When I was in high school, I worked at a car dealership as a paint and body technician. In college, I worked at a local hospital as an administrative assistant. And then later on in life, after getting my MBA, I took on several roles as a fleet manager for different companies.
All of these jobs taught me valuable lessons about how to succeed at work and how not to. But even with all my years of experience under my belt now, there is still one thing that drives me every day: landing your dream job as a fleet manager.
It’s not easy because the role is quite specialized and has very specific requirements that only certain people can handle well (i.e., those who are organized).
But once you know what you want out of your career path and have done everything possible research this position thoroughly beforehand and be honest about whether you have what it takes!
Then all that’s left is following through with your plan until success comes knocking at your door
Find Yourself A Mentor And Learn From Them
A mentor is someone who will help you with your career. They can teach you new skills and get you in touch with people who can help you land that dream job.
They can also make sure that your boss doesn’t forget about the great work that you do, which is especially important if it’s time for a raise or promotion!
If you don’t have a mentor yet, try asking around in the office for someone who seems like they have their stuff together.
If none of your co-workers are available to act as mentors for whatever reason (maybe they’re too busy), then maybe there’s an older employee somewhere else in the company who fits the bill or at least knows someone who does!
Get Involved In The Industry
There are several ways to get involved with the fleet management community and with the people who make it what it is. For example, you could volunteer for a committee or attend industry events, such as conferences and seminars.
You can also read industry publications like Fleet Owner magazine or other trade journals and newsletters to learn more about how fleets work from an insider’s perspective.
Learn As Much As You Can, As Fast As You Can
Read. Read. Read some more. The best way to learn is through the written word, so make sure you’re reading everything you can get your hands on.
Read up on industry trends and news in your area of expertise, as well as those that are adjacent to it (e.g., if you’re a fleet manager in the transportation industry, read up on public transportation trends).
Take classes! Even if you’re only interested in taking one class at a time, it’s never too late to start learning new things and it’s never bad to have extra knowledge under your belt around topics related to your career field.
Check out local community colleges for online courses or evening programs; these often require very little commitment from students who work full-time jobs during the day but want an opportunity for continued education without having to quit their job for three years straight!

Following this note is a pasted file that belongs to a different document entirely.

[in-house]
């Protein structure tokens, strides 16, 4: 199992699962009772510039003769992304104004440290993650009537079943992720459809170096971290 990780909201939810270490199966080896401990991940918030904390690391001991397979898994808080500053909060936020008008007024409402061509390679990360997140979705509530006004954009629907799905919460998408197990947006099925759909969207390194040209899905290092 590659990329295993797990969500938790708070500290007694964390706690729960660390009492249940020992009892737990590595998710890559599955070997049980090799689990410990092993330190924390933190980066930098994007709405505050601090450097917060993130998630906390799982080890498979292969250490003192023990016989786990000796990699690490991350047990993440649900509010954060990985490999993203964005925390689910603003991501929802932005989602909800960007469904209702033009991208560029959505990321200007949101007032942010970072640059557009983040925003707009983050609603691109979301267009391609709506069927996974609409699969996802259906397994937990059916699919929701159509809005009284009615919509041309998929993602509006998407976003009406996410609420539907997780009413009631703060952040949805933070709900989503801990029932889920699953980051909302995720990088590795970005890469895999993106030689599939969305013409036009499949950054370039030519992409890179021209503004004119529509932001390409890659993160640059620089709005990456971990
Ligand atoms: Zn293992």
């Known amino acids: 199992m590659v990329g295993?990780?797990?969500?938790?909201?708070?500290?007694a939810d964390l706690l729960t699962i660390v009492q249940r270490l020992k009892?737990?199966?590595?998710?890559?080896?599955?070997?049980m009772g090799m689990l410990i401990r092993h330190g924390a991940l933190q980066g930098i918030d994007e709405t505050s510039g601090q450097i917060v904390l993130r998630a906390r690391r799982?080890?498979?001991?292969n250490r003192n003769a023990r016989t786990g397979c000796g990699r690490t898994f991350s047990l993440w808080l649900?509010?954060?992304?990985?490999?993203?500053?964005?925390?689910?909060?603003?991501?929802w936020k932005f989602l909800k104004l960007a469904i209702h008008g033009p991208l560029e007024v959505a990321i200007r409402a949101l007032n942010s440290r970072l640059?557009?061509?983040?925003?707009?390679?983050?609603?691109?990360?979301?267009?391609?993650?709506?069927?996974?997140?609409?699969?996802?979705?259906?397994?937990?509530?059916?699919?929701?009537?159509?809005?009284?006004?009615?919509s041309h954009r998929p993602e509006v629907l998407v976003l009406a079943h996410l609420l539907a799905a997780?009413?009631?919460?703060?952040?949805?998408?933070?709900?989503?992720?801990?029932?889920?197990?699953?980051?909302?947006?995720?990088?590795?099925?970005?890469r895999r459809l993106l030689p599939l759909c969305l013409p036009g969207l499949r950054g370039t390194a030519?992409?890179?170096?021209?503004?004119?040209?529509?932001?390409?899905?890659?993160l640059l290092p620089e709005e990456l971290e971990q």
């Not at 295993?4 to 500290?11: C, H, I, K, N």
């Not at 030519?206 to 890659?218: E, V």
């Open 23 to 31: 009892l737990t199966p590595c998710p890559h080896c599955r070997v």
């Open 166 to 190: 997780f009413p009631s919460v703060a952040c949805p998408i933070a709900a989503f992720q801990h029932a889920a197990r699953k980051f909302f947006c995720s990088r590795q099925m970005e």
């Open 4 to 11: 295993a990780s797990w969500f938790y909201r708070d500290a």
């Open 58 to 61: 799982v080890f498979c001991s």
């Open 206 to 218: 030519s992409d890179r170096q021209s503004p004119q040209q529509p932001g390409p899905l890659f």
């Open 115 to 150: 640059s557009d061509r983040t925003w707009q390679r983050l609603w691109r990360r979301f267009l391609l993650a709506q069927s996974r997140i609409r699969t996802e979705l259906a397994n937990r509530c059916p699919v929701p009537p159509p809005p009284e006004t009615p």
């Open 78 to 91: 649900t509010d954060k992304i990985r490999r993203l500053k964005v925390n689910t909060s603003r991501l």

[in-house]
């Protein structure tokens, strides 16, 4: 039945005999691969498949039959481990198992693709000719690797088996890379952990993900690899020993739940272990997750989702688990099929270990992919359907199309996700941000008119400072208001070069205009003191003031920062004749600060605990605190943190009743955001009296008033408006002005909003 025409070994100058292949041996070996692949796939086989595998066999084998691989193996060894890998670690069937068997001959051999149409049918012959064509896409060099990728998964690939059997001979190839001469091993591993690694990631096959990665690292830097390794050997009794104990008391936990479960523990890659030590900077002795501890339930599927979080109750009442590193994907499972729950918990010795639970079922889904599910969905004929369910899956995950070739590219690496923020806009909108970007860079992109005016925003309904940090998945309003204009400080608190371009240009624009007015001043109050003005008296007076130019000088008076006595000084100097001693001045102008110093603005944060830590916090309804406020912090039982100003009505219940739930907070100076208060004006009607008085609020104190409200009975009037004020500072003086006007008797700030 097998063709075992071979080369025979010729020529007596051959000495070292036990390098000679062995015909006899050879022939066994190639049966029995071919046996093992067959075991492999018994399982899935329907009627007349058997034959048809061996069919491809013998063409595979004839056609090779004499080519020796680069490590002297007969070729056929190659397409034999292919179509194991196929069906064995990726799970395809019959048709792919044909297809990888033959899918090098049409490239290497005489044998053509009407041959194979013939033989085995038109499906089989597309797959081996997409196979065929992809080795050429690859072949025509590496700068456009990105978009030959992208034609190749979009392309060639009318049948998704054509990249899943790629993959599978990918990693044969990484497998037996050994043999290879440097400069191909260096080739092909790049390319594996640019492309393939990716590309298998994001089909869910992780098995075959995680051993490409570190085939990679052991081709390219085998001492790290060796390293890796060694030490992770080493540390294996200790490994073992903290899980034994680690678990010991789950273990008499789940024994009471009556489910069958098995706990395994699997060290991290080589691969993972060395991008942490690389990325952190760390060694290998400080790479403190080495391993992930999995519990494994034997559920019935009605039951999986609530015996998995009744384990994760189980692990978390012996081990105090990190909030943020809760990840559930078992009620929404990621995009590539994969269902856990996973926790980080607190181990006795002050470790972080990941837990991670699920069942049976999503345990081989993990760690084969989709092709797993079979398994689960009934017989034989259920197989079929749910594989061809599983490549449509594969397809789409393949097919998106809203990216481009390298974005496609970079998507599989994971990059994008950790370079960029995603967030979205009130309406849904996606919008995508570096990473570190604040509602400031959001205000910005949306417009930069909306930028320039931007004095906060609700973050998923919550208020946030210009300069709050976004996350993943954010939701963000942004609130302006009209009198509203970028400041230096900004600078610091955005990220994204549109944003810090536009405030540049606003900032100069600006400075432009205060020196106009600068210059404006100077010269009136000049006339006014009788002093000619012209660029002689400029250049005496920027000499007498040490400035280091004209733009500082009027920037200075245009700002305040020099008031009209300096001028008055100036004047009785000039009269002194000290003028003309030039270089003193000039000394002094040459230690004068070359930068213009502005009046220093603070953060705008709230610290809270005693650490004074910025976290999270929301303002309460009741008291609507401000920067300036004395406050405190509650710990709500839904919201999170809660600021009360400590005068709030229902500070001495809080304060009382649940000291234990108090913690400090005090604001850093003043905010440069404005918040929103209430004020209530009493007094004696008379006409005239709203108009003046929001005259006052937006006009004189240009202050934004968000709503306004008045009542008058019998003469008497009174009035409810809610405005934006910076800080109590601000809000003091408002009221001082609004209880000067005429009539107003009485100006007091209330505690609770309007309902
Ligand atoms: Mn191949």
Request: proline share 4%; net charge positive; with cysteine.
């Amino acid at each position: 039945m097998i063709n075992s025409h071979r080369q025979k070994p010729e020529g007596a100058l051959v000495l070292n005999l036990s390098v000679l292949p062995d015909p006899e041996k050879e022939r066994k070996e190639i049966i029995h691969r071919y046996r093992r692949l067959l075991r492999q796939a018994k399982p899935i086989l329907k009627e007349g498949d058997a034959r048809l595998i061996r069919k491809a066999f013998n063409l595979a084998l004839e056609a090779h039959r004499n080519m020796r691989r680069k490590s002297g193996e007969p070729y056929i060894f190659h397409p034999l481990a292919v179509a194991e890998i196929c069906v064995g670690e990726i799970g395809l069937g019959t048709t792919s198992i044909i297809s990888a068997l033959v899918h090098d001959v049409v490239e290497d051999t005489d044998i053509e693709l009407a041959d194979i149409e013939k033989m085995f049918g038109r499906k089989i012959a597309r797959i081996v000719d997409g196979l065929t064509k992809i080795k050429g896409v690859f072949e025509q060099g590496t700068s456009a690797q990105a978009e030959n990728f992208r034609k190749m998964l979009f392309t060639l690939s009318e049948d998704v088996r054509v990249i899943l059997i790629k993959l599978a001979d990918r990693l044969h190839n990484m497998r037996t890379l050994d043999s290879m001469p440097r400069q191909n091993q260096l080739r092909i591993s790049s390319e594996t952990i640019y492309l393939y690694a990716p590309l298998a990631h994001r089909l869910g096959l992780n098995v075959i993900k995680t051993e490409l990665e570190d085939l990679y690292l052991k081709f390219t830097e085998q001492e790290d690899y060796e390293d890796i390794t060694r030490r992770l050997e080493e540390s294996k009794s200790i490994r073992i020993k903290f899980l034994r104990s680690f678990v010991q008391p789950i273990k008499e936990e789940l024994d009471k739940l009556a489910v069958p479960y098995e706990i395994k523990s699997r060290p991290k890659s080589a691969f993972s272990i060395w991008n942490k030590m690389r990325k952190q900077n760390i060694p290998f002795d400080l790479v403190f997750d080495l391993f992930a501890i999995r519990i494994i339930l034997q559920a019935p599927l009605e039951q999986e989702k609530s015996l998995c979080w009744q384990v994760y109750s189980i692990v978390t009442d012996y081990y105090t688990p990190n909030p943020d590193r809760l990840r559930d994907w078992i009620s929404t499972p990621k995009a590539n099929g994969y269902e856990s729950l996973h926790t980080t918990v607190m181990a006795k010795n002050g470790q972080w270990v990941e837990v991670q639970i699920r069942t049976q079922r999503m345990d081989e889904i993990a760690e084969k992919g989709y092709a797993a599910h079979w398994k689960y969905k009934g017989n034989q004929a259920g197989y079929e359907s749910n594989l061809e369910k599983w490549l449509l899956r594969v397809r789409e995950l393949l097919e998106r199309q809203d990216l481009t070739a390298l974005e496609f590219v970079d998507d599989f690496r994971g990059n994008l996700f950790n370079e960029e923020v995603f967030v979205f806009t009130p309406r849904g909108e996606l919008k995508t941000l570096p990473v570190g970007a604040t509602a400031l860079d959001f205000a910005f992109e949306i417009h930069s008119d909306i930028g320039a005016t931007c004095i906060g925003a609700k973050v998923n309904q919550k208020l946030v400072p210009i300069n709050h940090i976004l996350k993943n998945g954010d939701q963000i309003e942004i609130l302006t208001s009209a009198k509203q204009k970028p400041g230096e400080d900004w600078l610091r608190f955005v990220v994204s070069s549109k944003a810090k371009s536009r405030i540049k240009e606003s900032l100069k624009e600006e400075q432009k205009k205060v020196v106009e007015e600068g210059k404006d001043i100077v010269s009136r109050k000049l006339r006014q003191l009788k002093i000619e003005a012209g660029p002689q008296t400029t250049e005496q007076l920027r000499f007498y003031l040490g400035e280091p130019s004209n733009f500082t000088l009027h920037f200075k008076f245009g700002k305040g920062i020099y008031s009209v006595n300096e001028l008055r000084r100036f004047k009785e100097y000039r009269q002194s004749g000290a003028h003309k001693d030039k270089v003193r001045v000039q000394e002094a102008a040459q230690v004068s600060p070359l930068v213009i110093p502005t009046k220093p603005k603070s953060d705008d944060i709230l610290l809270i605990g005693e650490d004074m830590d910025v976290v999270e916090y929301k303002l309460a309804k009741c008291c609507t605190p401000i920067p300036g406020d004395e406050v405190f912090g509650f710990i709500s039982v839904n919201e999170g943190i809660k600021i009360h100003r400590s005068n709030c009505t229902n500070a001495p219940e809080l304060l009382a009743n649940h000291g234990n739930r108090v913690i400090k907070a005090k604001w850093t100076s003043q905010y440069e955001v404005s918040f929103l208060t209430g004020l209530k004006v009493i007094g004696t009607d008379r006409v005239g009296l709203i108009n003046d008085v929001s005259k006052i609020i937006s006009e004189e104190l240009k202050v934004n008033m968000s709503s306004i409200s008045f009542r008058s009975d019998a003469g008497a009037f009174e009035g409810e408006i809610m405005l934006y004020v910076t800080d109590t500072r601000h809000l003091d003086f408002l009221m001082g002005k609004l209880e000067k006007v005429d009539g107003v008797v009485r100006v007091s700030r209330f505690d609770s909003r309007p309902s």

Keep Going. Don’t Give Up
- Don’t give up.
- Don’t be afraid to apply for jobs.
- Don’t be afraid to ask for help.
- Ask for references from your professors, or speak with one of the people who hired you at your current job.
They may have connections that could help you find another position in the field you love so much!
If they don’t know anyone who works at a fleet management company, they might know someone who does or they could offer some tips on how best to approach their connections when it comes time to ask them out on a date (sorry).
Make sure you keep networking and staying active during this process; it’s important not only because it’ll make people want to hire/date/love/be friends with you more easily but also because if there’s anything we’ve learned here today…it’s that nothing happens by accident!
You needn’t feel bad if things don’t go according to plan either – just keep trying until something sticks!
Never Stop Learning And Growing
Every day, you can learn something new from someone else and not just about your job.
You might hear something that inspires a new idea for yourself, or someone else’s story may give you a sense of purpose and drive in your own life. And that’s just the tip of the iceberg when it comes to how much we can all be learning from each other every day.
Even if you don’t have time to take classes or attend workshops regularly, there are still plenty of ways to grow as an individual: reading books and articles, watching movies, watching TV shows (hey, maybe even some educational ones!), listening to podcasts…
The list goes on! As long as we’re constantly striving for knowledge and growth (which shouldn’t be limited by our career paths).
There’s no such thing as being too busy or overworked anymore we’re simply doing what it takes in order not only survive but thrive in today’s increasingly competitive workforce landscape!
Make Your Mark On The Industry
In your early days as a fleet manager, it’s important to make your mark on the industry. Whether you want to be known as an innovator or someone who goes above and beyond for their clients, there are several ways you can ensure that people know who you are.
As with any job, it’s important to hone your skills so that they become second nature. If your company doesn’t offer training programs.
Or classes on time management or communication strategies (or whatever else might be relevant), look into other options such as seminars and conferences where speakers can share their experiences with others.
You could also use this opportunity as an excuse for self-improvement; maybe there’s something about yourself that needs improvement and if so, now would be an excellent time to take action!
Know Your Stuff
You’re going to need to know a lot of things, but don’t worry we’ve got you covered. First, make sure you’re up on the latest information in your field. Read industry publications and stay abreast of new technologies and upcoming regulations.